Thursday, October 22, 2009
holes in our heads
Last week when I was at the ER, I took out the piece of tribal-looking pearl jewelry I wear in my nose for the CAT-scan. I couldn't remove the little ring I wear in my tragus (the little flap of cartilage in the center front of your ear) and the nurse couldn't get that off, either, so I just went through the CAT-scan with that in, and evidently it didn't prevent the CAT-scan from working. A couple of times over the next few days I tried to put the pearl back in my nose with no luck; I was so miserable and stupid with pain and painkillers that I couldn't manage it. Nearly a week later I tried again and realized that my nose piercing had partially healed over already and it was just going to heal up more if I didn't get something back in it, and in a moronic moment, I forcibly re-pierced it myself, at home, under less than antiseptic conditions, because that seemed easier than driving over to Haight Street to have it done by a trained professional. Luckily for me there were no bad consequences other than more pain for a day; I was kicking myself mentally, as the last thing I need is a fresh new infection somewhere on my head.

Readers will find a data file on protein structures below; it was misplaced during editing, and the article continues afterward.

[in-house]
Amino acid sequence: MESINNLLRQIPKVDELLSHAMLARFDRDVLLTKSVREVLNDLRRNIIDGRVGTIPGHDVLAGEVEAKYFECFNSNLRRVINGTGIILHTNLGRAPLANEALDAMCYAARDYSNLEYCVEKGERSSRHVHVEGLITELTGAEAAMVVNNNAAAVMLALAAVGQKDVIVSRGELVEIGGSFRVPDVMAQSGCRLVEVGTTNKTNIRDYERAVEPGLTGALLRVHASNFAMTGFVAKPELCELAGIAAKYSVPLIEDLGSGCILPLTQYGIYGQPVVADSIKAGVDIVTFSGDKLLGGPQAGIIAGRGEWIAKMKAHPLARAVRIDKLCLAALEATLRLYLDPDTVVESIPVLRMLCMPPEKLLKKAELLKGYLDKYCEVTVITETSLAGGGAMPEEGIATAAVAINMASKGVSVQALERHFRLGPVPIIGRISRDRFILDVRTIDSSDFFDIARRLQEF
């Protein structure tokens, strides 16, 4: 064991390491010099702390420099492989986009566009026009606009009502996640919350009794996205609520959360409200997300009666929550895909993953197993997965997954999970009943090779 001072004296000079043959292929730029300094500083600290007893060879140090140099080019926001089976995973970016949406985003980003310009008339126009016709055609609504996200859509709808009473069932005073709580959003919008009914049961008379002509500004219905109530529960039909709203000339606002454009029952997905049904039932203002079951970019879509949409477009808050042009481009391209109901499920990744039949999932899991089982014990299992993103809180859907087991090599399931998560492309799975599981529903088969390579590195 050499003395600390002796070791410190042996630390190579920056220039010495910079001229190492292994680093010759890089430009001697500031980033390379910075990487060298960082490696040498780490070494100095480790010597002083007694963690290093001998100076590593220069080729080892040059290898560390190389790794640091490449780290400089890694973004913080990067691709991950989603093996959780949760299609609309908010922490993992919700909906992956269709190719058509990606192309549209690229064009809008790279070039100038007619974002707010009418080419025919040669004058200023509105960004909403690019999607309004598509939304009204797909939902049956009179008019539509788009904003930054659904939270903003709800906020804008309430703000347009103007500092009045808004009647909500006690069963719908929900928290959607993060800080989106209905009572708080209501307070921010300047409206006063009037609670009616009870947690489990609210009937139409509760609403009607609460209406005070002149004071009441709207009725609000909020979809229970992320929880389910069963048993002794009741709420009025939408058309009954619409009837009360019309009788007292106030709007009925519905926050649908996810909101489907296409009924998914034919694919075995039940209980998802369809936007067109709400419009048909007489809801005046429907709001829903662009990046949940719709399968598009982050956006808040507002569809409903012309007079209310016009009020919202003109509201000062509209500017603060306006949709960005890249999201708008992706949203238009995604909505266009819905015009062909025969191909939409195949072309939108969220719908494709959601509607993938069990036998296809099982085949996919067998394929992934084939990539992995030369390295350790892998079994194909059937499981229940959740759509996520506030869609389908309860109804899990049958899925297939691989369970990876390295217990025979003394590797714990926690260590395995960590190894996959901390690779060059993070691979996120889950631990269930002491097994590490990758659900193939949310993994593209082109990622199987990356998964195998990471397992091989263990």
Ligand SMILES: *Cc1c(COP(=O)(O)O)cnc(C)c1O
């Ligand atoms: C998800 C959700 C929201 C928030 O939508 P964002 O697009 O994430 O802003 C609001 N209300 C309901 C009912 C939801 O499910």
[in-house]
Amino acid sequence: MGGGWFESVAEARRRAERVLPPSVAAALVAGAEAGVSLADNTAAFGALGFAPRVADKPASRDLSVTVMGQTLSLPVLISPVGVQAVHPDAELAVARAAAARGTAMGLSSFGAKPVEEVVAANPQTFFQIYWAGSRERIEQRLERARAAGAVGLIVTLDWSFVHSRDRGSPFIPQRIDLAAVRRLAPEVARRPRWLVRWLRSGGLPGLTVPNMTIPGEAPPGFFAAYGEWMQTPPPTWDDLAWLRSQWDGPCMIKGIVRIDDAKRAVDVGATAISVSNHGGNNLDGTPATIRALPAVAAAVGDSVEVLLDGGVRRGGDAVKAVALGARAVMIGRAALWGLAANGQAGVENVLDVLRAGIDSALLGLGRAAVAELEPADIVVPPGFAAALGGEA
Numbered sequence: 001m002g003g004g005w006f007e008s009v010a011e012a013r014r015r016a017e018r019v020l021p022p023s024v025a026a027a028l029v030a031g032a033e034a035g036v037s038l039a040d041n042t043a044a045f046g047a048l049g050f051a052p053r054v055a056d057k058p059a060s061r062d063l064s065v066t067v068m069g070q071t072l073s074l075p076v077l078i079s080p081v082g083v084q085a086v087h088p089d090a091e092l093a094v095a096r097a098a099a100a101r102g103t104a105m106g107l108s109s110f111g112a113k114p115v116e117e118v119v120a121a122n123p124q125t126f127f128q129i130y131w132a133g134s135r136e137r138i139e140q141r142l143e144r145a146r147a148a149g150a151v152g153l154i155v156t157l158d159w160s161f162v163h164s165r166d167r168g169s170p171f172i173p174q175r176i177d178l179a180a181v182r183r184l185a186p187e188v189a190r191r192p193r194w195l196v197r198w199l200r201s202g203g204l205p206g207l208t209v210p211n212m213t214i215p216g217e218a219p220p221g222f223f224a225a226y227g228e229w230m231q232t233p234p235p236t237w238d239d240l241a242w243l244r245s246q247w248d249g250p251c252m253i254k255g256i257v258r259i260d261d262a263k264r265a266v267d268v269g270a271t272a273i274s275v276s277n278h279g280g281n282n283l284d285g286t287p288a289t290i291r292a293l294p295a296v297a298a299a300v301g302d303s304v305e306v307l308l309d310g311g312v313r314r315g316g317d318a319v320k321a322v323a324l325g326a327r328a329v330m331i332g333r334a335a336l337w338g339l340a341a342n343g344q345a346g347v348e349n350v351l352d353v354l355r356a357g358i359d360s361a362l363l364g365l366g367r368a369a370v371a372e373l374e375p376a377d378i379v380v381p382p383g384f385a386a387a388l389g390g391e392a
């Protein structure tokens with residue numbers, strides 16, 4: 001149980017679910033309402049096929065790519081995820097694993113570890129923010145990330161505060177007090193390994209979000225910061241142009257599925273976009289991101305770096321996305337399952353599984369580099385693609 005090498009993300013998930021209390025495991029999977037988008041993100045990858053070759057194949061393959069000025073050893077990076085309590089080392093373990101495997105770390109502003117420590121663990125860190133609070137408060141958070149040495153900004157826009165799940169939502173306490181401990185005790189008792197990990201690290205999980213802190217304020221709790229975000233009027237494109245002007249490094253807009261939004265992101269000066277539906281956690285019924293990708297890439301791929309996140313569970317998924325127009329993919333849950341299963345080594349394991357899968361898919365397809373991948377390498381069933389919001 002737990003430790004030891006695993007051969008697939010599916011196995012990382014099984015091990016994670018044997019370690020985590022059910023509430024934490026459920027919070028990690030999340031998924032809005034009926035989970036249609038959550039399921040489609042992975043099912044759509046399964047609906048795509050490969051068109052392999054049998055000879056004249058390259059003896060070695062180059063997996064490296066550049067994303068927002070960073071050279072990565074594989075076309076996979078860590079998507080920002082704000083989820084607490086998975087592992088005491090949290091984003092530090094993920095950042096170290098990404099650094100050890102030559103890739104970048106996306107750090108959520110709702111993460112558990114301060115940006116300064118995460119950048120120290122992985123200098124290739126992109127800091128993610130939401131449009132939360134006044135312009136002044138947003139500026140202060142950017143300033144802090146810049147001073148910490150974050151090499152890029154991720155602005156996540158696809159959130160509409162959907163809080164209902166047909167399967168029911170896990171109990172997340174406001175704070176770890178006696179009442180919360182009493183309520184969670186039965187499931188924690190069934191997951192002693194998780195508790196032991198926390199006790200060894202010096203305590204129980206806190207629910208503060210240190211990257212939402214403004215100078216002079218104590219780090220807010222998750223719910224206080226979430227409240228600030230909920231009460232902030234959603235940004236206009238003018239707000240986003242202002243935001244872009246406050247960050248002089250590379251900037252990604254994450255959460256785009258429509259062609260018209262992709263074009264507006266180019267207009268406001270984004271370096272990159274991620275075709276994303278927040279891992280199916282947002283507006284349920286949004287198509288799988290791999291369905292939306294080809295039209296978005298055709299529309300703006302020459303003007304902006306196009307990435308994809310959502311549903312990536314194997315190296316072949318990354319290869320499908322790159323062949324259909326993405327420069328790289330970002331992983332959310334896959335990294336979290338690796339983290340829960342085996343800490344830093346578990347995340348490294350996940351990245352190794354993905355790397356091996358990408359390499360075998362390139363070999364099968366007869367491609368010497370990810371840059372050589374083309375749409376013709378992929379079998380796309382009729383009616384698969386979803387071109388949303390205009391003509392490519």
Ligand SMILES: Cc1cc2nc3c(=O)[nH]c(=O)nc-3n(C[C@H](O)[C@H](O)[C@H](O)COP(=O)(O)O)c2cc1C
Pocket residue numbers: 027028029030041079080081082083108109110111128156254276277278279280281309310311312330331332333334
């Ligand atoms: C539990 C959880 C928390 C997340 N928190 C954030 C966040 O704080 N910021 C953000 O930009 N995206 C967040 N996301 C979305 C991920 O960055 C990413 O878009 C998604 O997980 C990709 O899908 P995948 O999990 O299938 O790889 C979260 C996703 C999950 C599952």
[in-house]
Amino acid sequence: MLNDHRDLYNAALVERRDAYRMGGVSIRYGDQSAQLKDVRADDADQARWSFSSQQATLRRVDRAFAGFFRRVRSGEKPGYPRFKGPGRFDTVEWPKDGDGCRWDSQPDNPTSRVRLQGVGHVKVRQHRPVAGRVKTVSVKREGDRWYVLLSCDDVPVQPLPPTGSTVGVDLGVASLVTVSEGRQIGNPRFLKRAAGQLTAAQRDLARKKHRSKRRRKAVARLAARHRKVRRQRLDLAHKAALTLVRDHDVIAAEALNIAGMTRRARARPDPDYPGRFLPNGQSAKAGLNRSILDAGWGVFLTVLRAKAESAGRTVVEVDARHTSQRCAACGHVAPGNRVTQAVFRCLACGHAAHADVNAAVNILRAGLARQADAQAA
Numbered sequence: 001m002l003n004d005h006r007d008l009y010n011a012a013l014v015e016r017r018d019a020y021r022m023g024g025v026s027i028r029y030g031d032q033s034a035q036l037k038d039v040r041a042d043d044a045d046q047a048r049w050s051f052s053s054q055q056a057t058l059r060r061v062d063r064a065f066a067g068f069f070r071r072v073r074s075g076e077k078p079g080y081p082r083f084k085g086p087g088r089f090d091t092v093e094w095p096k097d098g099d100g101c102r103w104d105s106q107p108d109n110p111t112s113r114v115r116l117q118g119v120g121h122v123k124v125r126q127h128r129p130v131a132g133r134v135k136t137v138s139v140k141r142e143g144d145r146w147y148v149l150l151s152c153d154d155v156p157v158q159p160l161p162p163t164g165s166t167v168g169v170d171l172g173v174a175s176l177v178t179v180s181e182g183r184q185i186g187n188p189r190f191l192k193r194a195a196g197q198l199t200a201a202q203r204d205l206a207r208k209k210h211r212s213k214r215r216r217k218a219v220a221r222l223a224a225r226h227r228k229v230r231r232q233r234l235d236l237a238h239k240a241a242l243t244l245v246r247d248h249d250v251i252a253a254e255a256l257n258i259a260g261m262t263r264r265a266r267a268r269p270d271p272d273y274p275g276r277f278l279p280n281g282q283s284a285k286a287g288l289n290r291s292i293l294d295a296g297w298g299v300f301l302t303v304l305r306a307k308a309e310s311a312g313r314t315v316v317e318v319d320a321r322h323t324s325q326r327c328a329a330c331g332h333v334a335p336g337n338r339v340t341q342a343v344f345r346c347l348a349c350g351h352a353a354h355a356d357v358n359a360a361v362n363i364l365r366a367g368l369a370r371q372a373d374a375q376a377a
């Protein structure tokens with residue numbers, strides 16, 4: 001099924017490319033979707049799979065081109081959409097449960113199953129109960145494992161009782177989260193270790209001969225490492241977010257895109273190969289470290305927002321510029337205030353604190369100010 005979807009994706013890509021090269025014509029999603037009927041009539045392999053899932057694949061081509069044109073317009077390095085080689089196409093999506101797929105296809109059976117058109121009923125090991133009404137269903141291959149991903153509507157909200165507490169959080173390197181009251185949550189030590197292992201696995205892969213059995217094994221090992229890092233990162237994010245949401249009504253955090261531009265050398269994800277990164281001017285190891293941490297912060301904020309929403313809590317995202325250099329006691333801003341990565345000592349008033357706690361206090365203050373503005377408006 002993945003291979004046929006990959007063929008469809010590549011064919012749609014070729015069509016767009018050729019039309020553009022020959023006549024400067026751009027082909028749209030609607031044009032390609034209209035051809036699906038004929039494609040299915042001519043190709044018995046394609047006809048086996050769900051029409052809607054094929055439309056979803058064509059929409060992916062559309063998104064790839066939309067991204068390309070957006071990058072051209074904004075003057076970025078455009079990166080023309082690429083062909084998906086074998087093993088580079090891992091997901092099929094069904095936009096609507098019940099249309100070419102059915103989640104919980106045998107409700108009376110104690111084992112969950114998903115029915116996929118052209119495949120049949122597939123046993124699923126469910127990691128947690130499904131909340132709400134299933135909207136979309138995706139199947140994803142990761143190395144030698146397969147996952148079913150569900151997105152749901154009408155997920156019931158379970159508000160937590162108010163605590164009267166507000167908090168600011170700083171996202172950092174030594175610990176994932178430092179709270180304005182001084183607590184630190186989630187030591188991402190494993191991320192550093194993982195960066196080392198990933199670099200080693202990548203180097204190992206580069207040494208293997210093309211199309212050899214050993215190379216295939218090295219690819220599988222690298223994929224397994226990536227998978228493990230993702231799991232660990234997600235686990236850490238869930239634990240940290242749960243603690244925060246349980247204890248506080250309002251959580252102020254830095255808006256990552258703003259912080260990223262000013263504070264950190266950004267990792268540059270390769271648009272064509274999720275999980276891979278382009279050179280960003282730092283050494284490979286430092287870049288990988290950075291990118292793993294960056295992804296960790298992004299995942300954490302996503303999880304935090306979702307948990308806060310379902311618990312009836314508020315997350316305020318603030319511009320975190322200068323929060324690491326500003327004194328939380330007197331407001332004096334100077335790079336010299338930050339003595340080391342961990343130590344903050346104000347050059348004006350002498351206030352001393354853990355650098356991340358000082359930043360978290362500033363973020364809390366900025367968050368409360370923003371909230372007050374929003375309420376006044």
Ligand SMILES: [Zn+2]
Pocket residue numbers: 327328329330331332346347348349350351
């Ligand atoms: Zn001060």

Tomorrow I'm taking just-turned-seven Lola to have her ears pierced, Lola having promised that she will disinfect her ears dutifully and not fuss if she loses an earring. She has been nagging me for some time to get her ears pierced, and she's planning to rehearse tonight how she will sit still and hold her mother's hand. The Sober Husband is opposed to all sorts of voluntary needle usage, from piercing to vaccinations, and he will be safely ensconced far away at the office during this procedure to spare his delicate sensibilities. Indeed when I had my nose and tragus repierced after turning 40, he was distinctly pissed. Back in the day I was one of the Modern Primitive pioneers, getting various piercings from the Grand Master himself, Jim Ward, in assorted sordid basements before piercing became legal and regulated, but over the years of lawyering, I allowed virtually all of those piercings to heal up. After turning 40 and realizing that I have a lot of freedom now that I'm no longer an attorney, I got a few of those repierced, which made me happy. I felt younger looking in the mirror, and I was willing to put up with some marital wrath. The Sober Husband fought in vain to get me to take these piercings out, going so far as to cut me off sexually for a while. When he admitted he was doing that, I wasn't angry. I laughed uproariously. "YOU are cutting ME off?" He wasn't able to maintain that position for long.
Despite their father's shudderings, the children are more interested in following their ornamented mother's path than their father's more utilitarian one. My own father was deeply opposed to all forms of piercing, forbidding me to have my own ears pierced when I was young. It wasn't until I was 18 and a legal adult that I could even get my ears pierced at all. My father's argument was "you might as well put a bone in your nose; it's just as barbaric", and to some extent, I suppose he was right. A pearl is not a bone, but tribal-looking is not far from barbaric.